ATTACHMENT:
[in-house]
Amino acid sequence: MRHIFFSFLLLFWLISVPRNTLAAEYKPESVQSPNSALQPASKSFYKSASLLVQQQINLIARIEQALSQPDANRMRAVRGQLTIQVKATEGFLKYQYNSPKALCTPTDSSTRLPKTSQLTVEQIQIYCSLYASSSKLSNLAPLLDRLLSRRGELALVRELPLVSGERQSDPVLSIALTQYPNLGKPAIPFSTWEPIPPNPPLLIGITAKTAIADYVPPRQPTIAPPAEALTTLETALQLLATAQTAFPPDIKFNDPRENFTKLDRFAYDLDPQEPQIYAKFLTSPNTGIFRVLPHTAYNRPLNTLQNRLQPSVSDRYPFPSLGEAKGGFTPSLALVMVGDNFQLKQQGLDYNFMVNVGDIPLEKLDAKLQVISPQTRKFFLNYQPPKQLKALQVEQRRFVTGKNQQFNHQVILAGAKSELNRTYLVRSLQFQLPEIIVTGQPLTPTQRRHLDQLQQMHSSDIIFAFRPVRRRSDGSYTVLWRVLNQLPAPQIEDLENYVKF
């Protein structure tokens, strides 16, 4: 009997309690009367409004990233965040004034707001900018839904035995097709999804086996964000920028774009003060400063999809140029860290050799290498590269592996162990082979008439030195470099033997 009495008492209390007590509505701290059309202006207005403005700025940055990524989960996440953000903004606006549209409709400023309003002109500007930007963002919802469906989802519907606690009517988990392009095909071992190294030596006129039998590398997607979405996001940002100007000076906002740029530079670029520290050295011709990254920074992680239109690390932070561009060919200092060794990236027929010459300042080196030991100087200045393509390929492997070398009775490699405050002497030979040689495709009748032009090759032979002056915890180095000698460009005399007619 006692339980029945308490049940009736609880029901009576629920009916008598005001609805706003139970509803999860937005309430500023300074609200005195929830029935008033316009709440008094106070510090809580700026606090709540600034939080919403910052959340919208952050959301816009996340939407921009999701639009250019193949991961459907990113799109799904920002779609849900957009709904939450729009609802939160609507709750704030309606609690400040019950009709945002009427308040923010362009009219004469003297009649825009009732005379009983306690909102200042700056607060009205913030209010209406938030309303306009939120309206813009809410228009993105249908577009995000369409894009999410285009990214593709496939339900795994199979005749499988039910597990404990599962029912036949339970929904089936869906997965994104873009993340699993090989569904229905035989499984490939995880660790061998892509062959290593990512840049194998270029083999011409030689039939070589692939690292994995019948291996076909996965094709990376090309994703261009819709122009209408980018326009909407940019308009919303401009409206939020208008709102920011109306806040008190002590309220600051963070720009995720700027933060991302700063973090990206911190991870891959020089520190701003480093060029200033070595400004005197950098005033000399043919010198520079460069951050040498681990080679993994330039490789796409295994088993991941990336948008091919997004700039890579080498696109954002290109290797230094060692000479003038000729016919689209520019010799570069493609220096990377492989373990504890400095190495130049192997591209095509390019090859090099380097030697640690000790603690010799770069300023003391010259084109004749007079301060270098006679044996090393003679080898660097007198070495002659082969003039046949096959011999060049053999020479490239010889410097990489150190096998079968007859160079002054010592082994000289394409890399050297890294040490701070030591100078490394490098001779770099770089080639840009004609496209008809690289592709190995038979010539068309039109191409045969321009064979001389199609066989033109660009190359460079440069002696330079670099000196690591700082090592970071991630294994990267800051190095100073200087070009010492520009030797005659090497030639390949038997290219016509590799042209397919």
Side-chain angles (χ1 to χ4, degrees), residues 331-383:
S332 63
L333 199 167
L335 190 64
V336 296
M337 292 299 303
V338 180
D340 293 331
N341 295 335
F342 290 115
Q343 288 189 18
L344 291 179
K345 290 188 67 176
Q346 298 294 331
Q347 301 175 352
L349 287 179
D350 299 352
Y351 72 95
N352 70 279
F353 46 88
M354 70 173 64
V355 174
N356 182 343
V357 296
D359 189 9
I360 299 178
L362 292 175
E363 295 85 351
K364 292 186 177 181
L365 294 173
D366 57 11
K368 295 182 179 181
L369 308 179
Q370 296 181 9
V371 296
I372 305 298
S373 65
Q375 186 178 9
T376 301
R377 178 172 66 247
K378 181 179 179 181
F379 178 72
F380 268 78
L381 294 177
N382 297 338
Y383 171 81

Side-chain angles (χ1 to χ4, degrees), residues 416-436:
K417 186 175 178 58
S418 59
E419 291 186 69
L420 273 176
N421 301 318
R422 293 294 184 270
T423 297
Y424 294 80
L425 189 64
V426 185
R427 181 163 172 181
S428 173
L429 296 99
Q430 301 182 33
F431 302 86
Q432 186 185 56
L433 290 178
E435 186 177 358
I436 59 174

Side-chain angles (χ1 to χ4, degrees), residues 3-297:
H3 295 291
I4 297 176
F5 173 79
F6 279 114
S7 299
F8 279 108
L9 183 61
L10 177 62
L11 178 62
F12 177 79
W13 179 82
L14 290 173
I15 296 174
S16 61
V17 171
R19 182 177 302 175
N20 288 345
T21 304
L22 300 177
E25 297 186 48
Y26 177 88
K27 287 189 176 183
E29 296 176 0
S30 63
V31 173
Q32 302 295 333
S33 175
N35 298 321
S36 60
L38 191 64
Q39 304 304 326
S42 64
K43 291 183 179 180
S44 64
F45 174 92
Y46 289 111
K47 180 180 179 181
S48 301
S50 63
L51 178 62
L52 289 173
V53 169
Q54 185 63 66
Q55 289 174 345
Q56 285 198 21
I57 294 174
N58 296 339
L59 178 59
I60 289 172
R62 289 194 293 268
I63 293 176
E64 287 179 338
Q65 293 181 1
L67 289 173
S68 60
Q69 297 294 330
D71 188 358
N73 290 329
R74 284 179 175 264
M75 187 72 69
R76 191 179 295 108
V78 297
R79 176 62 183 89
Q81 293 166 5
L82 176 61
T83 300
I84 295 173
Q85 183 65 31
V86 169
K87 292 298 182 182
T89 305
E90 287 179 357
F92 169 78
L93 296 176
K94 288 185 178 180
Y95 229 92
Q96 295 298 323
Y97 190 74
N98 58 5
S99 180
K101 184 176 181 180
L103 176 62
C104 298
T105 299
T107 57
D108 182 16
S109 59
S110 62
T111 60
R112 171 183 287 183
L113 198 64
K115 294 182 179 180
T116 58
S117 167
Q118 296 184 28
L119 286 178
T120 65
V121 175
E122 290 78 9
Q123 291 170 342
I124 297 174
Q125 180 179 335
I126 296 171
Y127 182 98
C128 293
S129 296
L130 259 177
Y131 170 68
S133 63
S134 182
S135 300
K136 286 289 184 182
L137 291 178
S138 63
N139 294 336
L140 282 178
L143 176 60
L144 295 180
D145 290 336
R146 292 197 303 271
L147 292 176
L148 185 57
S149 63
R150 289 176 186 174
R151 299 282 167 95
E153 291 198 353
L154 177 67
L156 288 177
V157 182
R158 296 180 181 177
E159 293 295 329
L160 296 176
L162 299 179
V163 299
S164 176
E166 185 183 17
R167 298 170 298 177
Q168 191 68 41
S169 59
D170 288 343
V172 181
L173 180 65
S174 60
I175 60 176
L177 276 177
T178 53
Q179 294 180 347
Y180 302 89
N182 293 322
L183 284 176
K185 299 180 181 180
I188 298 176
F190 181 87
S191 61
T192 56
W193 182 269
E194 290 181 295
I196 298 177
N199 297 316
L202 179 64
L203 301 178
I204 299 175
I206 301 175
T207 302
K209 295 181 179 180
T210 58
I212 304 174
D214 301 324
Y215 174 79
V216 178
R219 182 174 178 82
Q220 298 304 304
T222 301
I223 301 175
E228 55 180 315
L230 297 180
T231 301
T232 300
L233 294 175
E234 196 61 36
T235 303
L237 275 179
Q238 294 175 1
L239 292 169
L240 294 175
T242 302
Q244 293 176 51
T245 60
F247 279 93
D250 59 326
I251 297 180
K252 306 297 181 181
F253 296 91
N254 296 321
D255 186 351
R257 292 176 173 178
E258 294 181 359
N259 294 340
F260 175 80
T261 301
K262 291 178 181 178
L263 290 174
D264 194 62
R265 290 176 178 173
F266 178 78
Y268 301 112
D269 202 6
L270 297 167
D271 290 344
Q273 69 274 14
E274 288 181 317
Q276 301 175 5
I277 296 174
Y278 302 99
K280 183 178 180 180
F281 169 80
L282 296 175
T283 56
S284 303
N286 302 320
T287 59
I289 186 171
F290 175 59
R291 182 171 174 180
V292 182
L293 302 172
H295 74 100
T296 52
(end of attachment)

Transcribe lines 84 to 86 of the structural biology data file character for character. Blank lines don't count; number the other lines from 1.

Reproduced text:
S16 61
V17 171
R19 182 177 302 175